One run in. A second run in. Now a third.
Suddenly it's a one-run game and Nola's masterpiece is about to unravel.
"I mean, kind of," Nola said. "How can you not get nervous right there? But we pulled it out."
The Phillies survived a rocky performance by reliever Luis Garcia in the ninth inning to score a 5-4 win over the Rockies at Citizens Bank Park on Tuesday night (see first take). The game should not have been that close. The Phils led 5-1 entering the inning. Garcia was tagged for four straight hits and three runs before rightfielder Aaron Altherr (with a game-saving catch) and Seranthony Dominguez (with a game-ending strikeout of two-time National League RBI king Nolan Arenado) saved his bacon and locked down the one-run victory.
The Phils have won two in a row for the first time since May 16-17.
"That is a long time," Nola said. "But it's good to get back on the winning train."
The Phillies were out-hit by a margin of 11-4 in this game, but they managed to win because Nola pitched well and Scott Kingery drove in four runs with a three-run homer in the first inning and a sacrifice fly. Jesmuel Valentin had a pinch-hit, RBI single in the eighth and the run proved huge as the win turned out to be more difficult than it should have been.
Colorado starter Jon Gray struck out 10, but he walked four and paid for them. He walked two in the first inning, setting up Kingery's three-run homer, his first long ball in two months. Kingery hit a 1-2 fastball that came in at 97 mph.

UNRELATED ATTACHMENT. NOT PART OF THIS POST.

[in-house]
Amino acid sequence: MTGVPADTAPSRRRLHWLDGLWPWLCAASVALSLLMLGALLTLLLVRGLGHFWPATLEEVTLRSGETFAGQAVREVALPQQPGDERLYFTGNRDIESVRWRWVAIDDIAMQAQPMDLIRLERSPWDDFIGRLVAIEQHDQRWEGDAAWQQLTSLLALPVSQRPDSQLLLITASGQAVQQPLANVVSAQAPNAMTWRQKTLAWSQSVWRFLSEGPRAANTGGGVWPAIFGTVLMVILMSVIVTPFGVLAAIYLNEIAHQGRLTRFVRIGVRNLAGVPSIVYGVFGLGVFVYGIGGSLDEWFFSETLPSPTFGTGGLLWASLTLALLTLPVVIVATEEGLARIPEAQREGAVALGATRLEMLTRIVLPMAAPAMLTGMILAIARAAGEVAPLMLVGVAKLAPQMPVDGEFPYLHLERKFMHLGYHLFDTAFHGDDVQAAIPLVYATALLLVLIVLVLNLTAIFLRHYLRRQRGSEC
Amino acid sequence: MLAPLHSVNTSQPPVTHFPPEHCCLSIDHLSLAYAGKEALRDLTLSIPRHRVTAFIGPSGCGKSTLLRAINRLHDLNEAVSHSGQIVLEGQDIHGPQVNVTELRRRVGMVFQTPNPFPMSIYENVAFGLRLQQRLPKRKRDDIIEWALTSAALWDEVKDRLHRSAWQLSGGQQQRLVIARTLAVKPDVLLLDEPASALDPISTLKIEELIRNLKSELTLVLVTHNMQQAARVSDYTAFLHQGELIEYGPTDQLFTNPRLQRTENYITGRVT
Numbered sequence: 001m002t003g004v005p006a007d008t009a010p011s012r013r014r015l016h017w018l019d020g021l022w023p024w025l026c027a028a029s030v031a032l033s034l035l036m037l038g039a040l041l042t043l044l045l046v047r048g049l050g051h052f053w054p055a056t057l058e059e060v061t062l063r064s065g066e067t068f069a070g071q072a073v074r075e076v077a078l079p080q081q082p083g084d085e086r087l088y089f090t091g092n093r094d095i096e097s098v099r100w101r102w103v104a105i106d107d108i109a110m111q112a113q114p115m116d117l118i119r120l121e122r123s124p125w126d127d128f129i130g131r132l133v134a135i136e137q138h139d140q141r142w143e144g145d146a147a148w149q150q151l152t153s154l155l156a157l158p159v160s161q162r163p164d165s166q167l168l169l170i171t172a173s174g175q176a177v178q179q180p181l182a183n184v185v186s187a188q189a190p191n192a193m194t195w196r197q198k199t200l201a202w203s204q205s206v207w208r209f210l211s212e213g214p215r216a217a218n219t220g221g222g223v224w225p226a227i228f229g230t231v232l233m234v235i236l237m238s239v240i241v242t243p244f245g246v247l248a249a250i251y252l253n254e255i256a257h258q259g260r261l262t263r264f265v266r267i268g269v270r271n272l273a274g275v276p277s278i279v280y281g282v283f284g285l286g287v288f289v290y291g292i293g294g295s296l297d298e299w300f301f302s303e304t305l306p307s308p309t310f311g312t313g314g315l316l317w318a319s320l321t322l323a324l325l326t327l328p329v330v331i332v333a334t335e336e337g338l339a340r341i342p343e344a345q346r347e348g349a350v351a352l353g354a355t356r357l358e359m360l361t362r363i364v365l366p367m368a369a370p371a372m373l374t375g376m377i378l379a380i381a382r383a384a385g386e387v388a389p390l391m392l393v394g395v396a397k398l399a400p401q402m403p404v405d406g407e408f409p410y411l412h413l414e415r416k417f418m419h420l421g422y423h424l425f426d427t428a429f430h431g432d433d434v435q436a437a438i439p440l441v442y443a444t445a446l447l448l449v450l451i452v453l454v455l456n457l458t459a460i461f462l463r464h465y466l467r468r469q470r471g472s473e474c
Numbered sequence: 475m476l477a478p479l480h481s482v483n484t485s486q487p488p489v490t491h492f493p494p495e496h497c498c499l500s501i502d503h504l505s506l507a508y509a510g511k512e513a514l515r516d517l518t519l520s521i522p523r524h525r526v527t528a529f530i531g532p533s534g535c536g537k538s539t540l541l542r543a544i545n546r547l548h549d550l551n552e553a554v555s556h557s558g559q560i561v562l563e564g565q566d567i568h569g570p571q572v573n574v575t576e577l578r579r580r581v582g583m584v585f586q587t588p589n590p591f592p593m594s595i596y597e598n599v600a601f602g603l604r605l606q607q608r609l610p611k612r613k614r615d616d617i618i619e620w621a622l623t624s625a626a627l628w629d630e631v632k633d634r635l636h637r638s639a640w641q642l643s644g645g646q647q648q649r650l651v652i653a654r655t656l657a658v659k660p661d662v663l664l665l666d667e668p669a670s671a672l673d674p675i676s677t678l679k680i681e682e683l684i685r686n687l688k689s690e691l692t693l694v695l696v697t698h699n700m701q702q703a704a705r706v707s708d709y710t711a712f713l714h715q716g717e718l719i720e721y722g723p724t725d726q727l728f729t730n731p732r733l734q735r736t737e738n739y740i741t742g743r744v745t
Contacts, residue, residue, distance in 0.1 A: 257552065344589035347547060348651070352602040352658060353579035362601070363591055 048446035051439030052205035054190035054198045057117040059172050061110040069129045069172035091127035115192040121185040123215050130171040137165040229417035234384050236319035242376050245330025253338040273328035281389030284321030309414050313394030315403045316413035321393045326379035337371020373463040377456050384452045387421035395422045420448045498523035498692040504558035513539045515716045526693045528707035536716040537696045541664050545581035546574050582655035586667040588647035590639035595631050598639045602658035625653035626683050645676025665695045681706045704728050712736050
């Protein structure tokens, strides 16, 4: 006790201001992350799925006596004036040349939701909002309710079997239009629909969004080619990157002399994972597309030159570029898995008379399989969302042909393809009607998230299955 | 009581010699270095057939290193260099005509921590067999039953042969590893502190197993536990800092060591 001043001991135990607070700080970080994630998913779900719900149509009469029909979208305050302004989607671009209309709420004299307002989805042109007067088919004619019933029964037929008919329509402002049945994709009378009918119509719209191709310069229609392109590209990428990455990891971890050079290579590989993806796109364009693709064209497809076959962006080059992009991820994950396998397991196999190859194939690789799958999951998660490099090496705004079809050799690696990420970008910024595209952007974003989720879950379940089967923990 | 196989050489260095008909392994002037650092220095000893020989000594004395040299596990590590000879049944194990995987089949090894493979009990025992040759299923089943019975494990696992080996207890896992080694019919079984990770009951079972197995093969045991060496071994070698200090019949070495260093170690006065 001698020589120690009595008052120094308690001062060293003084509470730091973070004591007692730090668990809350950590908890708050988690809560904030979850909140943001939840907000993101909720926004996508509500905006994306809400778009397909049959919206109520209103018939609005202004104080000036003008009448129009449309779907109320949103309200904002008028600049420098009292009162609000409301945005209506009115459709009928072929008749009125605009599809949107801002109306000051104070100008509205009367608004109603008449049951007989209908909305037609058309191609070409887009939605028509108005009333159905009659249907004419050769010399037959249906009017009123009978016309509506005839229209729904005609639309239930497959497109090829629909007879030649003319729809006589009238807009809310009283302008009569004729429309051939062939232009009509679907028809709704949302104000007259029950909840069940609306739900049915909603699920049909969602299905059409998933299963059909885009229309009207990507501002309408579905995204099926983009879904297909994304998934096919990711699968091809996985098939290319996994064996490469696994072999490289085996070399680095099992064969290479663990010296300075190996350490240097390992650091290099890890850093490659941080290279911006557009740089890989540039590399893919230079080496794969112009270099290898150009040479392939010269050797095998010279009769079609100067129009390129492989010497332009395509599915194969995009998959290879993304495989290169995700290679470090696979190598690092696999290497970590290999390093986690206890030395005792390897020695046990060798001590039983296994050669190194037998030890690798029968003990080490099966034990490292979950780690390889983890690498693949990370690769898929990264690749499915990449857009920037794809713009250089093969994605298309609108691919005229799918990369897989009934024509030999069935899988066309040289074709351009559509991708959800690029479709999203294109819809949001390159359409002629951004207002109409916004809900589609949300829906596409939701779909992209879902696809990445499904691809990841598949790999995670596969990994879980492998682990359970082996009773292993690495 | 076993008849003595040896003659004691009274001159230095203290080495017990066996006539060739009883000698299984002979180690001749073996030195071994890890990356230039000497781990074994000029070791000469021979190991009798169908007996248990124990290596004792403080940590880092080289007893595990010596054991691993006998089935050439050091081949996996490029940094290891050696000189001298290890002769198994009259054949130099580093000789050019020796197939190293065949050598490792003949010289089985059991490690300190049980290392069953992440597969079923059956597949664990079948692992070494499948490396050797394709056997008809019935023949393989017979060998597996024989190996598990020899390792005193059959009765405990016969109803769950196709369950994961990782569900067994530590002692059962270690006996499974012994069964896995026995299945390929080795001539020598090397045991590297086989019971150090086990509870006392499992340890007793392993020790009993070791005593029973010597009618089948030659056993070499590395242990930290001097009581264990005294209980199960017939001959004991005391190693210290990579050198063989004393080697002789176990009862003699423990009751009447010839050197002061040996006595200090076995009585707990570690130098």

"I'm just trying to put the bat on the ball and thankfully he threw me something I could handle," said Kingery, who has chased a ton of breaking balls out of the zone in similar situations.
Nola also stuck out 10 as he improved to 8-2 with a 2.27 ERA in 14 starts. That's All-Star Game material.
Since June 22, 2017, Nola is 14-3 with a 2.03 ERA, a 0.91 WHIP and 148 strikeouts in 18 home starts. The Rockies love to hit fastballs. Nola combated that with 15 swinging strikes, nine on curveballs.
"He mixed his pitches beautifully," manager Gabe Kapler said.
Nola got in a couple of jams, but his pulse never quickened and he navigated them. He left with two outs in the seventh and a 4-0 lead.
"It's an intangible very few pitchers have," Kapler said of Nola's no-panic demeanor. "It's confidence and it's bravado."
Kapler wanted to stay away from his favorite bullpen weapon, Dominguez, especially after the rookie right-hander had thrown 41 pitches on Sunday. But Dominguez had to come in and clean up Garcia's mess. Altherr helped with a sensational grab on a Charlie Blackmon liner to right that would have brought home at least a run.
"Basically what we look at is who is most likely to get a ground ball there," said Kapler, explaining his decision to open the ninth with Garcia. "Louie throws 99 miles an hour with a slider, so he matches up pretty well against a lot of people. Because he hasn't a lot of success in recent days doesn't mean we're going to go away from him. We have to maintain faith and confidence in our guys with big electric stuff and that's basically what we've done."
Dominguez threw 13 pitches on a night Kapler was hoping not to use him. The Phillies want to be careful with him so he might not be available on Wednesday night when the team tries to win three in a row for the first time in a month.